Earlier this year I decided that working full time, being a wife and parent, a freelance writer, food blogger, children’s television host and author of this column wasn’t enough on my plate, and I became the host of my own Internet radio show.
Crazy, I know. I am a strike-while-the-iron-is-hot kind of person.
So at 11 p.m. Thursdays, I go live; and so far the show’s popularity has far exceeded my expectations. I wasn’t sure how receptive the fans of my website would be to tuning in and being a part of the show. Amazingly enough, I have scores of live listeners each week and lots of callers. It is fun to get a chance to speak with many who follow the goings-on in my food world.
My show, “Around the Kitchen Sink,” is syndicated on iTunes, so people can download each free podcast at their leisure. Even my kids subscribe to my show; and I know my 13-year-old would never admit it, but he thinks it’s pretty cool. I have been pretty lucky to nab some great guests so far like the creators of Gooseberry Patch Cookbooks, Jon Acuff of Dave Ramsey fame, Jill Smokler of Confessions of a Scary Mommy and most recently Food Network host Melissa d’Arabian.
D’Arabian called in to my show for what was supposed to be a 10-minute interview, and it turned into an extended conversation about her new cookbook “Ten Dollar Dinners” and a chat about motherhood and feeding your family on a dime.
I have to admit, I was a little giggly when she first came on the line. Hearing her voice after I had watched so many of her shows was a bit surreal. I do not watch cooking programs often. A few here and there, but for the most part I have a hard time watching them. I think it is the dialog with the camera that gets to me. I want to watch them cook, not feel like I have to mute them to get through their show.
But “Ten Dollar Dinners” is one that I do watch. I feel like we have a common way of cooking and similar tastes. I have tried many of her recipes, and I am sharing one with you today.
One of my favorite brownie recipes is one of hers. It is the one where she adds a cup of cooked black beans to the mix to boost the nutritive value of the dessert. Plus, you would never even know they were there. Now that is a good recipe.
What I find to be interesting about this particular cookbook is that they all revolve around a particular line of thinking — that a budget meal can be an enticing one; delicious, fresh, exciting and made without compromise; celebrating smart cooking and saving along the way.
I think some people think budget cooking is all about meatloaf and pasta dishes. While those are two great ideas, there is so much out there if you just take a minute to find it.
Being conscious of your shopping choices is somewhat of a lifestyle. Streamlining your grocery shopping starts in the kitchen or, more specifically, the pantry. Take a few minutes to asses what you have before you go. This sounds obvious, but how many times have you wondered whether you had this or that ingredient back at home?
Every once in a while I have what I like to call a pantry week where I try to completely empty what is on my shelves, refrigerator and freezer before heading out to buy more. You would be amazed at what you can come up with, and that extra week of not spending as much at the checkout can add up during the course of the year.
D’Arabian mentioned buying in bulk, not mass quantities but what she called “low bulk.” For example, if a recipe calls for a small amount of an ingredient, then make use of the salad bar or olive bar for that. Which would you rather do, spend $3.99 on a specialty can of olives or 42 cents on the amount you really need from the olive bar? You can do the same thing with cut-up veggies and fruits, spices and nuts, as well.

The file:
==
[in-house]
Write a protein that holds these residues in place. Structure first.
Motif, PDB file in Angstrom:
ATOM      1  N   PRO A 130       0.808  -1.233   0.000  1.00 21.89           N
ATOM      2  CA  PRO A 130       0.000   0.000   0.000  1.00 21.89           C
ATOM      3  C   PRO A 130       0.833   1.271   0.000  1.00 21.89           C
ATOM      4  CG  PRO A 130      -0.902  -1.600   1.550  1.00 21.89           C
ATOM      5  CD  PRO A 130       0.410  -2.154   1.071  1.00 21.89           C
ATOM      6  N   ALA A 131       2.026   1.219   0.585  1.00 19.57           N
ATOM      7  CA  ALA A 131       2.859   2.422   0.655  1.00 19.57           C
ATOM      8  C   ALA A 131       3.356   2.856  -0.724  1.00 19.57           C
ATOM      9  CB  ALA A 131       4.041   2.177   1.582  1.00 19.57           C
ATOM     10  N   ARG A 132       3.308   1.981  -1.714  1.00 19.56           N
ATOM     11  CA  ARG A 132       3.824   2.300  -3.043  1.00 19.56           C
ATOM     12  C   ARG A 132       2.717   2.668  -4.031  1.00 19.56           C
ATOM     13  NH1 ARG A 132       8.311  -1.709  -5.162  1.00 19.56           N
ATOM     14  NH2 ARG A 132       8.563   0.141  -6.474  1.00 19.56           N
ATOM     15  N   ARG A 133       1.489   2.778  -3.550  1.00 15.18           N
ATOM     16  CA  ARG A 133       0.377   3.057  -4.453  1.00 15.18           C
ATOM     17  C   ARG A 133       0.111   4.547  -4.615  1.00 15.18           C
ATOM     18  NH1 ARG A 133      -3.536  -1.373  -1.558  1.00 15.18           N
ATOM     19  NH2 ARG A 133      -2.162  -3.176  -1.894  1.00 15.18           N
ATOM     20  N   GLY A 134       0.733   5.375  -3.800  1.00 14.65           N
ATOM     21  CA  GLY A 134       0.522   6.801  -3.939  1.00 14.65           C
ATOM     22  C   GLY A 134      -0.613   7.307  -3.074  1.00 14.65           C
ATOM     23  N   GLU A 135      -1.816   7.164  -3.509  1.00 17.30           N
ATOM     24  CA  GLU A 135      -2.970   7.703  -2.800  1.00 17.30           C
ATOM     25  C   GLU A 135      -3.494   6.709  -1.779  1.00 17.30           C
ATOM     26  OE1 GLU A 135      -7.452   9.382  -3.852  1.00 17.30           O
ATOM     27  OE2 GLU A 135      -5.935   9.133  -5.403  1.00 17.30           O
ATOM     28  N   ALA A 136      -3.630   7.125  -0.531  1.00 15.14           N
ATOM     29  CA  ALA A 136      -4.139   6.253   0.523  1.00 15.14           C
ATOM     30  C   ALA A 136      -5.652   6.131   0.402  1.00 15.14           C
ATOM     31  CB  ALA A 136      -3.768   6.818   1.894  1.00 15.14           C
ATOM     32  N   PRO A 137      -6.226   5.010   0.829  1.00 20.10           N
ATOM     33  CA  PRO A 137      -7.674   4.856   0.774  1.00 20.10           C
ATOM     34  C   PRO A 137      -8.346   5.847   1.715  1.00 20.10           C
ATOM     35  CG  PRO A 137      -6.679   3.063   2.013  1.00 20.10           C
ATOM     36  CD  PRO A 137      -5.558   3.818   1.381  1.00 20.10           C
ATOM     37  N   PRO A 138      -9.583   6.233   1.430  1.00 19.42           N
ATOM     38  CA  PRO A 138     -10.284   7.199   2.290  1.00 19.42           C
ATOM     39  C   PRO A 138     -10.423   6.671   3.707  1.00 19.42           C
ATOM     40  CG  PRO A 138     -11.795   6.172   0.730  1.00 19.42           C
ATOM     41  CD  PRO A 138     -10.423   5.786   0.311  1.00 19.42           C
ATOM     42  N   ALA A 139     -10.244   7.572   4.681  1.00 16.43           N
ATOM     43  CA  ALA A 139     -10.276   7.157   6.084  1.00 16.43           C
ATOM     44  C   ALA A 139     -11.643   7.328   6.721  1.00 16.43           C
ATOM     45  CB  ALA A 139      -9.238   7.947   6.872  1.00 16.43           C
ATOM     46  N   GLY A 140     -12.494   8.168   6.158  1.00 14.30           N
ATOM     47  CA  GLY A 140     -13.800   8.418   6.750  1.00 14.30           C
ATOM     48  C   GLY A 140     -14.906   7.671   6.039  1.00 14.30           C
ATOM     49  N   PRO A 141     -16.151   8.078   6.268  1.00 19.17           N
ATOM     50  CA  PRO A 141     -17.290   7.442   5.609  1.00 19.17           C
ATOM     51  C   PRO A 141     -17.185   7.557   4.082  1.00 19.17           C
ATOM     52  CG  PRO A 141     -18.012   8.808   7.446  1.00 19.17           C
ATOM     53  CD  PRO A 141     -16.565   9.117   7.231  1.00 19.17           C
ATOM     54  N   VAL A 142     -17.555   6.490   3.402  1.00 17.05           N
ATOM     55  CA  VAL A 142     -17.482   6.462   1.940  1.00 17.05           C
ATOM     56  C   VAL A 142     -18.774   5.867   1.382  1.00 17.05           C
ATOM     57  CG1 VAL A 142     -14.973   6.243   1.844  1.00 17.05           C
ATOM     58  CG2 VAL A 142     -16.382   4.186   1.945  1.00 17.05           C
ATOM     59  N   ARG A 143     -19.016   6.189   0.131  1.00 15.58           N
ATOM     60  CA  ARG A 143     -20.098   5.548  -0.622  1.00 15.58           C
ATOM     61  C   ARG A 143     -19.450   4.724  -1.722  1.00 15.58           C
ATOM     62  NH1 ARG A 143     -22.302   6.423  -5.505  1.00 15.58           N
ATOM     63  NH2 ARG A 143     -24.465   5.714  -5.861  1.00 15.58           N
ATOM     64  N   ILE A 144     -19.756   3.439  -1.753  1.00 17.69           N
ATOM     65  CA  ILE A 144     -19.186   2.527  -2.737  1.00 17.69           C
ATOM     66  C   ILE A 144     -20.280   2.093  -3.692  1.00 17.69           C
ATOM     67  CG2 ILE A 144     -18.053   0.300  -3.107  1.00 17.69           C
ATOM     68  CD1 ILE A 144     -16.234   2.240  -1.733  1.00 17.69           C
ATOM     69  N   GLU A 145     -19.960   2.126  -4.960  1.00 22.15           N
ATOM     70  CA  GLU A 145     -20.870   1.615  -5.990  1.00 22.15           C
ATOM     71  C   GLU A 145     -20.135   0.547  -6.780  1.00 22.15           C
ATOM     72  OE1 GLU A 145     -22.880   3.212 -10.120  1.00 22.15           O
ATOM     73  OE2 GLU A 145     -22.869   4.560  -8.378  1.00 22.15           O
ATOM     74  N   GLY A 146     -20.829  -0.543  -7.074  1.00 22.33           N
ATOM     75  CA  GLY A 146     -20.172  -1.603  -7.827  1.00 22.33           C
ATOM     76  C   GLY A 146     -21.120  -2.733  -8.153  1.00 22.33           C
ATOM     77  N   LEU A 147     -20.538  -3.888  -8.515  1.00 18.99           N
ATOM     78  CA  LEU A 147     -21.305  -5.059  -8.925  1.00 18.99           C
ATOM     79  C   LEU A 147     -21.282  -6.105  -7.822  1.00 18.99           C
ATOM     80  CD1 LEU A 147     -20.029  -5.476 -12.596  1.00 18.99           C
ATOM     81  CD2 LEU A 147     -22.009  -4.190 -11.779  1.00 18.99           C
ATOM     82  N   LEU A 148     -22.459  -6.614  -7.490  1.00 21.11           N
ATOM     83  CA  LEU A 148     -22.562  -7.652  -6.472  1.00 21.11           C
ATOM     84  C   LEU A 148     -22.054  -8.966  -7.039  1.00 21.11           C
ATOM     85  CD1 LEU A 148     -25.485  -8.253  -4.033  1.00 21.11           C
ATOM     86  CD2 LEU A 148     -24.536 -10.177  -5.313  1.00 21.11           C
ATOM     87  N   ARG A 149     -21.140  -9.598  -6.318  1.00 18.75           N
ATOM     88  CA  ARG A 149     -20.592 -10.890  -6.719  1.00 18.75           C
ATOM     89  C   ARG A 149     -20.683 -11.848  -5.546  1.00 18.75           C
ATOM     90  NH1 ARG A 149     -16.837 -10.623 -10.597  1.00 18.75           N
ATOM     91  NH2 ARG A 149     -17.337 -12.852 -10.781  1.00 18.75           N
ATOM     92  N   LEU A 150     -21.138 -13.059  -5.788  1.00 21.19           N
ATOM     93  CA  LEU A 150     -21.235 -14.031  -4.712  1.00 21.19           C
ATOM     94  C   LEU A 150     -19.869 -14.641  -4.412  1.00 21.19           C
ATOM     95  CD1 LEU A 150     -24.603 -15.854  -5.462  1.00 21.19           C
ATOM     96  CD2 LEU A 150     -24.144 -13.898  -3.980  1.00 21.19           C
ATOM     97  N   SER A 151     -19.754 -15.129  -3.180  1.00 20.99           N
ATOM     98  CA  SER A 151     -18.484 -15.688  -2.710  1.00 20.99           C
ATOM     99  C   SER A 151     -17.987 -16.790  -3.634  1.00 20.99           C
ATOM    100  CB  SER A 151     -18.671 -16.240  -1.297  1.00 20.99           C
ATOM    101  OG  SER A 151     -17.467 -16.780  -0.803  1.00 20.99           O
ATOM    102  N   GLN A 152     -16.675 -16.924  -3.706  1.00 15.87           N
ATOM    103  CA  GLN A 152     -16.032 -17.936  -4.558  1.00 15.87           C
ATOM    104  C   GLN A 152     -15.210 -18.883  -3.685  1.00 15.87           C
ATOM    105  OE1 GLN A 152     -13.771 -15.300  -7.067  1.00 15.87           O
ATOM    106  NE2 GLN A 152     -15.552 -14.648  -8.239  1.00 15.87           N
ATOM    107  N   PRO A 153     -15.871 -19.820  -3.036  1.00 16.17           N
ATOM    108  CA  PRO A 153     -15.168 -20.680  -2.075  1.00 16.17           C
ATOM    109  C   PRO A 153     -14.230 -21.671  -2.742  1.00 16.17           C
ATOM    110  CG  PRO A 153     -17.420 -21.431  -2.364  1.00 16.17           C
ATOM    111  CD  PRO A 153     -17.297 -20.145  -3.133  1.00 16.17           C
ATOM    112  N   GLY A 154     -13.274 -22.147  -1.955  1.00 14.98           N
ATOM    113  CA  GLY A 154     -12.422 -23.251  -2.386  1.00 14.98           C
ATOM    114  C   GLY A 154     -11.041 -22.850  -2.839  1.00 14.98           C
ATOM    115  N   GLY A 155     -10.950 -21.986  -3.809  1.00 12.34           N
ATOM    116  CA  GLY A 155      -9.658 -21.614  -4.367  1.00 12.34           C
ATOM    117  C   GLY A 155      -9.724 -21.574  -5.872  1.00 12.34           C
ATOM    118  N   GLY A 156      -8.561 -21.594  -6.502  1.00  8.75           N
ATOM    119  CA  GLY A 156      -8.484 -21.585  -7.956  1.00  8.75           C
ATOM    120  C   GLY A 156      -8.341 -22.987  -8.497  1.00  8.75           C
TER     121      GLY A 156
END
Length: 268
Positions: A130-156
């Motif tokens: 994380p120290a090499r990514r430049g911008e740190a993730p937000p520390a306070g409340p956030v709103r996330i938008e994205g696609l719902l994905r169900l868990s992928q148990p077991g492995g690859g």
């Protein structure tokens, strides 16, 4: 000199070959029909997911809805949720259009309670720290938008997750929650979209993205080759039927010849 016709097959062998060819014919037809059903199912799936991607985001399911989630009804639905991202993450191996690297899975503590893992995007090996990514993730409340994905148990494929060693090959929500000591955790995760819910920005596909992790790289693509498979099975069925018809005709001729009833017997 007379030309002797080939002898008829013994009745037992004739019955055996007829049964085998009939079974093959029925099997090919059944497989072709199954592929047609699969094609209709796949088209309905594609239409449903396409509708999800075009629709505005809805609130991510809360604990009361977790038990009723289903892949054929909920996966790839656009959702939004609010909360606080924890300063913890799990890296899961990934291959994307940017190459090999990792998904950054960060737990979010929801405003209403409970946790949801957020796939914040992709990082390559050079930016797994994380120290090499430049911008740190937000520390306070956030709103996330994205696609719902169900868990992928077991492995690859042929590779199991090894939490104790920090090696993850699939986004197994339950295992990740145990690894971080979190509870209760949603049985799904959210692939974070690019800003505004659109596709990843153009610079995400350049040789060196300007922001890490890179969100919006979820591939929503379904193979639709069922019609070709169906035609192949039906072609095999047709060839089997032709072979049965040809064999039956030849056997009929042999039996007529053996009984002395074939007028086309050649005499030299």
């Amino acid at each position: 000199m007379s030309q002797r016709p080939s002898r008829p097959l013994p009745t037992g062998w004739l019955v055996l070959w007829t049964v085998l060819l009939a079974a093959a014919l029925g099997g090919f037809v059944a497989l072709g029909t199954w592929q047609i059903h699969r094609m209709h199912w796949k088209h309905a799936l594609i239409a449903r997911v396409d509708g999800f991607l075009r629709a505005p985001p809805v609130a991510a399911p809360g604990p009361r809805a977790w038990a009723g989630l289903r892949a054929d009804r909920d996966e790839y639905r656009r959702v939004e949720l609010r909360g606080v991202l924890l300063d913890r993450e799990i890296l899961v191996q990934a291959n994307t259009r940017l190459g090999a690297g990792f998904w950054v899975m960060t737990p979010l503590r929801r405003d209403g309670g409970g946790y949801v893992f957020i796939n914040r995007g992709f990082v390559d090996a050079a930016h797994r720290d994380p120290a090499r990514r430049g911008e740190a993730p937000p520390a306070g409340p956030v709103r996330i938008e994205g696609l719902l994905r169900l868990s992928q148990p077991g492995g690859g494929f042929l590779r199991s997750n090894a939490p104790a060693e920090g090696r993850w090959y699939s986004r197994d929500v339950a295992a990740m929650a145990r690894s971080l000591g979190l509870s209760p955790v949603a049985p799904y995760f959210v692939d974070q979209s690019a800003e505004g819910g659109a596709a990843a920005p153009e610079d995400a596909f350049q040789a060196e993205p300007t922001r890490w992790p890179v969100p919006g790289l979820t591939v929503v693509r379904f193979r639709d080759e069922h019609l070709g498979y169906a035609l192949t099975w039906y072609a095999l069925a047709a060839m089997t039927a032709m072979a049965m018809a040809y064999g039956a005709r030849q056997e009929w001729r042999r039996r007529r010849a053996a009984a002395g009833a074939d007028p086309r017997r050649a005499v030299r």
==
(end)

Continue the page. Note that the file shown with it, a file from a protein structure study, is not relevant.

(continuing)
There are so many ways to save here and there, more than I have the space here to share. The big thing is to spend where it matters. Make use of weekly specials try not to buy out of season, splurge occasionally on a few choice items and add a bit of punch and “wow” factor to those ordinary, everyday dishes.
There is something to be said for knowing that you brought a healthy and tasty meal to the table and it didn’t break the bank. Cooking for people and bringing them joy by creating something special is what makes me happy.
It was nice to get a chance to talk to someone who has been able to make a living out of teaching others that they, too, could do what I love to do. Making food you love that is budget friendly and easier than you think.
Pork Loin Milanese with Arugula Salad
1½ cups of Panko breadcrumbs, found at any grocery store
1 pound of pork loin, thinly sliced or 4 pieces of boneless pork loin chops
¼ cup of olive oil
2 garlic cloves, minced
pinch of kosher salt
1 large egg, beaten
1 lemon, half-juiced and the other half-cut into wedges
3 cups of arugula or other small greens
Parmesan shavings (optional)
Place breadcrumbs in a shallow dish and set aside.
Set the pork chops between sheets of plastic wrap or wax paper, and using a meat mallet, flatten the pork to about a quarter-inch thick.
Pour about 2 tablespoons of the olive oil into a large resealable plastic bag.
Add the salt and pepper.
Add the pork, seal, massage to coat and refrigerate for about 15 minutes.
Whisk the egg in a shallow dish.
Set up an assembly line with the Panko.
Take each chop, run through the egg, coat each side on Panko and place in a skillet that has been heated and lightly coated in oil.
Cook on each side for about 3 minutes per side.
Transfer to a paper towel lined plate.
Meanwhile, toss the arugula in a small bowl with the remaining olive oil, lemon juice, a pinch of salt and fresh black pepper.
Divide amongst the plates, place a warm pork chop on top and garnish with a bit of the Parmesan.
Squeeze a wedge of lemon over the top, if you like.
Heather Tallman lives in the Center Grove area and writes the cooking blog Basilmomma.